My Visit to a Monastery in Rural Ireland

It was with feelings of apprehension that I embarked on a recent journey which would lead me into the confines of a monastery in the depths of rural Ireland. Travelling from our native County Meath, we took the motorway south of Dublin and it wasn’t long before my husband and I found ourselves in unspoilt countryside with not a dwelling house in sight. We had promised my brother-in-law that we would visit him at this time and so we took that opportunity, given that my husband had some business to attend to in Carlow Regional College and I wanted to distribute some books to the Carlow/Kilkenny area. That memory of driving deeper and deeper into beautiful countryside now provokes many thoughts and questions, including… “Are there any examples in God’s Word of His servants leading a monastic life?” Paul did not lead this sort of life and nor, indeed, did Peter who had a wife. (Matthew 8v14) The New Testament servants of God lived and worked amongst the people and wherever they travelled, spread the gospel. Paul, for example, worked for a time with Acquila and Priscilla who were tentmakers. (Acts 18v1-3)

We found my brother-in-law well, if a little tired, but given that he must rise at 4.30a.m. every morning that was hardly surprising! I gave him some literature that I had received earlier in the week from someone that I had met in the Dundalk area who had supplied me with many tracts taken from one of the shorter stories in a book of Priests’ testimonies: “Far from Rome, Near to God” by Richard Bennett, former Dominican Catholic priest and Martin Buckingham. The book (Catholicism’s Inside Story Revealed by Fifty Converted Priests) was first published in 1994 and as the title suggests, is a compilation of the stories of fifty Roman Catholic priests who came to put their trust in the Lord Jesus Christ alone for salvation.

That verse: “The preparations of the heart in man, and the answer of the tongue, is from the Lord” (Proverbs 16v1) came to mind, as we drove down a narrow country road which was bordered by trees and high hedges. How can I physically make anyone see my spiritual point of view and least of all… how can I possibly make other human beings believe the truth of those words… “every priest standeth daily ministering and offering oftentimes the same sacrifices, which can never take away sins: But this man, after he had offered one sacrifice for sins for ever, sat down at the right hand of God;” (Hebrews 10v11&12) I wish with all my heart that everyone I meet would understand that “by grace are ye saved through faith; and that not of yourselves: it is the gift of God: Not of works, lest any man should boast.” (Ephesians 2v8&9) but I realise that only the Lord can work in an individual’s heart.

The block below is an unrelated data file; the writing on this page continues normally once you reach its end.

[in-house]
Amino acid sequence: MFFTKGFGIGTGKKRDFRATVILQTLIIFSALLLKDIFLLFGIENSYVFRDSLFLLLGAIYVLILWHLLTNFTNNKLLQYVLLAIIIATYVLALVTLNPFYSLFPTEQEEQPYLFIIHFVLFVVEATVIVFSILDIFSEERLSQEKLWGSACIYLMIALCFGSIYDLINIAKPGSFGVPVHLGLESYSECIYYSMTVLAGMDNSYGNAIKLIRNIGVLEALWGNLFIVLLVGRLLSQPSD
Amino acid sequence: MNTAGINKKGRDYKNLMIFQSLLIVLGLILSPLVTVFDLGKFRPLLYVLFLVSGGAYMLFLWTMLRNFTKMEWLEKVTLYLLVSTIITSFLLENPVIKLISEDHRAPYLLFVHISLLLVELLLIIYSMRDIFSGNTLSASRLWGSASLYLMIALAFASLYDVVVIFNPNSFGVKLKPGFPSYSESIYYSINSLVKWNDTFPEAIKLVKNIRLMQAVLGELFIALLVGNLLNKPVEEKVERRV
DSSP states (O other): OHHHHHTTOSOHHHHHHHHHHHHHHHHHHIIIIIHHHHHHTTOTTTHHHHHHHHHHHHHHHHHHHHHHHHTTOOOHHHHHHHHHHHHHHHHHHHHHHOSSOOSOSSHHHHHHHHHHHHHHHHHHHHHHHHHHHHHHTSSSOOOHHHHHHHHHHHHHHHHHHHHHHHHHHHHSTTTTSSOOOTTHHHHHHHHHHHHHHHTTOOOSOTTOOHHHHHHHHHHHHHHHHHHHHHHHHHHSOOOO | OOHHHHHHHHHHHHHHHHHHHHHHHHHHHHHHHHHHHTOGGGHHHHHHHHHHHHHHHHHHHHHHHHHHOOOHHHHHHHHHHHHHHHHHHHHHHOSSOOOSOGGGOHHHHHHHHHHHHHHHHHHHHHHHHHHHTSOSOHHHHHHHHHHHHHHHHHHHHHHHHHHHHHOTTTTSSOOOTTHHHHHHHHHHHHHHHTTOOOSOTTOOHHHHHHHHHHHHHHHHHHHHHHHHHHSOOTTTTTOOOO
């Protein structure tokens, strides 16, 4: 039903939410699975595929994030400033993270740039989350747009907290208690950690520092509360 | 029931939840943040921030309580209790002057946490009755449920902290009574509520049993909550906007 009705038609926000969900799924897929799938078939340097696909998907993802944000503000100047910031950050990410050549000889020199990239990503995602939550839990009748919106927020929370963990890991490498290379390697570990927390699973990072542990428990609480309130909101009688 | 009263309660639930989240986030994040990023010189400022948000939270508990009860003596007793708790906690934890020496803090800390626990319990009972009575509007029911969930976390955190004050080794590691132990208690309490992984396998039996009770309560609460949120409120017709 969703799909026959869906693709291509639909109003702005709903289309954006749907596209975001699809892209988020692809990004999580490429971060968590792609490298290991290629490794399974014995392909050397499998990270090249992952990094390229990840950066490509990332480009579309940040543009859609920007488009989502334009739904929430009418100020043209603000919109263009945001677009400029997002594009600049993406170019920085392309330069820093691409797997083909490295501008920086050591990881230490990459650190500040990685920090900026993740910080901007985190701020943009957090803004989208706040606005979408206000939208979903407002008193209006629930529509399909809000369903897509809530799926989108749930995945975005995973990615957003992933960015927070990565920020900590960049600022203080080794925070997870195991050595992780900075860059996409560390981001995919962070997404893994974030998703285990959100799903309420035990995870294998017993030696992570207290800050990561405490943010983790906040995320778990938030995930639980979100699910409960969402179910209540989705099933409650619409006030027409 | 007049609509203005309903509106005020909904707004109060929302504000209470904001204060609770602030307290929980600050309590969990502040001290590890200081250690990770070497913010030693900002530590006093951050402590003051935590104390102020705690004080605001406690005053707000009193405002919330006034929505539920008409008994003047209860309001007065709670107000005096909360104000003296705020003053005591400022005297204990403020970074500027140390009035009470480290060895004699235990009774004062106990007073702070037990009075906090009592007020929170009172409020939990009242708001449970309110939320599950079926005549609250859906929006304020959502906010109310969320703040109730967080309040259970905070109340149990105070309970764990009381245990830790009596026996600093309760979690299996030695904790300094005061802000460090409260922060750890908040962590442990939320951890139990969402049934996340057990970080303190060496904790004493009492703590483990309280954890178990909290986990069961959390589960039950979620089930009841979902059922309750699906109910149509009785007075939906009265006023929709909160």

Yet, as His servant, I can (and must) spread the word and plant seeds wherever I go on this earth, for not one of those who serve the Lord is free from the great commission… “Go ye into all the world, and preach the gospel to every creature.” (Mark 16v15) And so we must go as the Lord directs; as individuals our calling is unique but He needs us to reach our loved ones, our workmates, prisons, hospitals, the people on the street and monasteries…

My brother-in-law took us on a walk around the grounds. It was so peaceful, with the birds singing in the trees, the little calves in the green fields and white swans in a small lake which was surrounded by swampy land and rushes. Still, only the Creator can impart that true peace of mind which comes from repenting of our sins at the foot of the Cross. “Therefore being justified by faith, we have peace with God through our Lord Jesus Christ.” (Romans 5v1) This peace passes all understanding. We can strive and work for our salvation; we can deny ourselves every worldly pleasure; we can remain celibate all our lives – but all to no avail. Surely these words in Isaiah 64v6 apply to the man (or woman) who has not come the humble way, by simple repentance and faith in the finished work of our Lord Jesus Christ at Calvary: “But we are all as an unclean thing, and all our righteousnesses are as filthy rags; and we do fade as a leaf; and our iniquities, like the wind, have taken us away.” (Isaiah 64v6)

Of course this verse applies to those who have not yet trusted the Saviour, for when we repent and turn to Him, then the following verse applies to our lives: “Therefore if any man be in Christ, he is a new creature: old things are passed away; behold, all things are become new.” (2Cor. 5v17)